Information & advice for emigrants issued by the Allan Line in 1883. The line was then under contract with the Canadian Government for conveyance of Assisted Passengers.
THE "ALLAN" STEAMSHIP CO., IS UNDER CONTRACT WITH THE CANADIAN GOVERNMENT FOR THE CONVEYANCE OF ASSISTED PASSENGERS. EMIGRATION TO CANADA. The Dominion of Canada comprises a Territory of 3,528,705 Square Miles. The Population numbers about 4,000,000 souls. The Climate is particularly healthy, the proportion of deaths to the population, according to a recent return, being only 1 in 98, as compared with 1 in 74 in the United States, 1 in 46 in England, 1 in 42 in France, and 1 in 40 in Germany. Nearly 6,000 miles of Railway are already in operation, and 2,000 miles are in course of construction. Extensive additional Canal Works are also in course of construction, affording the prospect of a large demand for
NAVVIES, MECHANICS, and LABOURERS.
THE ROUTE FROM Great Britain to Canada, Manitoba, AND THE GREAT NORTH-WEST.
Passengers bound to any part of CANADA or the GREAT CANADIAN NORTH-WEST should, in the first place, take care to secure their Passage in a Steamer bound direct for QUEBEC or HALIFAX.
ALLAN STEAMSHIP COMPANY is under Contract with the Government of Canada for conveyance of the Mails between the two Countries.
The splendid Steamers of this Line LEAVE LIVERPOOL TWICE A-WEEK, and afford most eligible conveyance for all classes of Passengers at as Low Rates as by any first-class Line crossing the Atlantic. The voyage to Quebec has distinguished recommendations. From land to land the average passage is not more than six days. Once within the Straits of Belle Isle, ocean travelling is over, and for hundreds of miles the steamer proceeds, first through the Gulf, and then through the magnificent River St. Lawrence. This is an immense advantage.
The Quickest Passage on record from Liverpool to Quebec was made in June, 1879, by the "SARDINIAN" of this Line, and is quite an event in the annals of the Atlantic steamship trade. She left Moville at 5 15 P.M. on June 6th, and landed her Mails at Rimouski at noon on the 13th, being 6 days 23 hours and 30 minutes, allowing for difference of time. The passage from Moville to Belle Isle was accomplished in 5 days 20 minutes, and land was only lost sight of for 4 days 19 hours. Every person who has crossed the Atlantic knows how welcome the sight of land is to passengers, even on a voyage of eight or nine days. The journey to any part of the West is easily accomplished by this route, and the traveller can enjoy the beautiful scenery of the River St. Lawrence, Lake Ontario with its famous Thousand Islands, and the Falls of Niagara by the way.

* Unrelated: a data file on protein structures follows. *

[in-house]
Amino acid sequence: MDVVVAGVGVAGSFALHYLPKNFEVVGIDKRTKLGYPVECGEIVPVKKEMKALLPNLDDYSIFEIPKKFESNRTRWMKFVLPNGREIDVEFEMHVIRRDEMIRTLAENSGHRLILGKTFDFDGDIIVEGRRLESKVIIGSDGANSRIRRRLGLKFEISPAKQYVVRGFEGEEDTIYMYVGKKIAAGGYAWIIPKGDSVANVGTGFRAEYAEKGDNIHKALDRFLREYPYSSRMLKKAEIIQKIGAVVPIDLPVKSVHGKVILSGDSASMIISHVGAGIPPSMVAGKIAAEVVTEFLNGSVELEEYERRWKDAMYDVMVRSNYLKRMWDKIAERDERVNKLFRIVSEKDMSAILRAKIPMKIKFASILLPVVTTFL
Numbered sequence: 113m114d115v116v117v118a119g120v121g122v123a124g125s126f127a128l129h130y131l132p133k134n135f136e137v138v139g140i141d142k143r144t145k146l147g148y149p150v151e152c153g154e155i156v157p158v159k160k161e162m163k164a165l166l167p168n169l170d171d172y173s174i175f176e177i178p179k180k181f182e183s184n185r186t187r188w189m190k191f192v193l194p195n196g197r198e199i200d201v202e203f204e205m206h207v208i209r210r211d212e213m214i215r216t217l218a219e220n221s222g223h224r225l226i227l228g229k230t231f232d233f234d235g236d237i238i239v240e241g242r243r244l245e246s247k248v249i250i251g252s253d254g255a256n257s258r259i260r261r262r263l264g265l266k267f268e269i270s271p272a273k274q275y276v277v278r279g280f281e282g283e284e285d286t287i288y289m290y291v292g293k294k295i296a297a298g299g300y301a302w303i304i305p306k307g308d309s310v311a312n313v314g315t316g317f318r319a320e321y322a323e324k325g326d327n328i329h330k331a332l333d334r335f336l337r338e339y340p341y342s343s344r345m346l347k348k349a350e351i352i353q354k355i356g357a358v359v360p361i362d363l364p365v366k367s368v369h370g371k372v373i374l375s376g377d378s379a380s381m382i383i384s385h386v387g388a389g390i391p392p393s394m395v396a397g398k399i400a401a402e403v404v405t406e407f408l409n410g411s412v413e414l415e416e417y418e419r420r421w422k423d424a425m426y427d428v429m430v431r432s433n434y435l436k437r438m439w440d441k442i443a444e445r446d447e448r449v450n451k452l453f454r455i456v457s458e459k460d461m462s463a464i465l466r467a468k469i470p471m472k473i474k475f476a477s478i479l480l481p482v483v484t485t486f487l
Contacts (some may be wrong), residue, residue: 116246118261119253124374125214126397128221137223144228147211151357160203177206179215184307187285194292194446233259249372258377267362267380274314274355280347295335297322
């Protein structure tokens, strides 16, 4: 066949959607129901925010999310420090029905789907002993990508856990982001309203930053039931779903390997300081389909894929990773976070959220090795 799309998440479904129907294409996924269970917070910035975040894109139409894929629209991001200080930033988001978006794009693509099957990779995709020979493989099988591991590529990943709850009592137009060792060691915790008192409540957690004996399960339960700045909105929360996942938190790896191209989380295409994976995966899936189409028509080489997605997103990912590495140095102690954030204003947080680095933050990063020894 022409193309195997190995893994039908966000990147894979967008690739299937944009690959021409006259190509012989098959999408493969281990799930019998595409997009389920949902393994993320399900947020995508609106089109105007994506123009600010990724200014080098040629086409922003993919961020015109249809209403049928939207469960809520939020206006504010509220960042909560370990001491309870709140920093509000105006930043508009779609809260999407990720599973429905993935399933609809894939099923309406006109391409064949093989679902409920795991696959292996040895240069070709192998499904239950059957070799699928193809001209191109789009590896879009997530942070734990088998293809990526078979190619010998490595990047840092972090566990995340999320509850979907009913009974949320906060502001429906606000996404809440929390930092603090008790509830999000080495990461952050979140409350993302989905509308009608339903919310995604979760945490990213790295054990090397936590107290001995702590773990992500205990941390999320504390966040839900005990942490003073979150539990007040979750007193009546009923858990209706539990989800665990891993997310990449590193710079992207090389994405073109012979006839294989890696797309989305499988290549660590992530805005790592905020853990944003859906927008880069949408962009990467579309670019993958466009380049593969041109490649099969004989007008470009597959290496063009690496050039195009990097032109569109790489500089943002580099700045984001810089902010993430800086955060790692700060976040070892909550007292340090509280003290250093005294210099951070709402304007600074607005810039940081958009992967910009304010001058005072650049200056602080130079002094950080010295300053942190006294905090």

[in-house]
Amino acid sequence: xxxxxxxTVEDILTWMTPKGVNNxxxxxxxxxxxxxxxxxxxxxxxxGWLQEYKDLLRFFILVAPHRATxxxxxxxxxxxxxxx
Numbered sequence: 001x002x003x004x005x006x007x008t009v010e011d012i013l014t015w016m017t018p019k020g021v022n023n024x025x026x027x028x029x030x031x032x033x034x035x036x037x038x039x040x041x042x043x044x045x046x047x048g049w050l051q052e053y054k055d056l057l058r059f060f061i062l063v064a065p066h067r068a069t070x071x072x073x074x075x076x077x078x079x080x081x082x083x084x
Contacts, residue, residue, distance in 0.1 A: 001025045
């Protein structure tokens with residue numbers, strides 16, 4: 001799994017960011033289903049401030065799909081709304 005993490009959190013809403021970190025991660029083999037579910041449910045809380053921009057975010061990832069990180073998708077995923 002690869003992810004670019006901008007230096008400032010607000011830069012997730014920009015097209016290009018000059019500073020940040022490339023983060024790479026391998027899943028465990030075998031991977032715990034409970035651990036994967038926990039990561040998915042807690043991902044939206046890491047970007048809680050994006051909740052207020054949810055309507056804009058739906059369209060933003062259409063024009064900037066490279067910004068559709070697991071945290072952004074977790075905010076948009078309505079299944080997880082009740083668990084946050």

The Allan Line was founded in 1854 as the "Montreal Ocean Steamship Company". The company was later known as the Allan Line after one of its founders, Hugh Allan. In 1891 the company absorbed the State Line
(founded 1872). After this the company was often referred to as the Allan & State Line.
The announcement above was printed in a Trondheim newspaper by the Line's agent in 1869. It reads: The steamship Norway and Sweden will
maintain a weekly service between this place and England, in the way that Norway will sail from
here to Liverpool May 14th and Sweden May 21st, Norway to Newcastle (from Trondheim) on May 28th,
and Sweden on June 4th, where after the route will continue in the same order, twice for Liverpool and twice for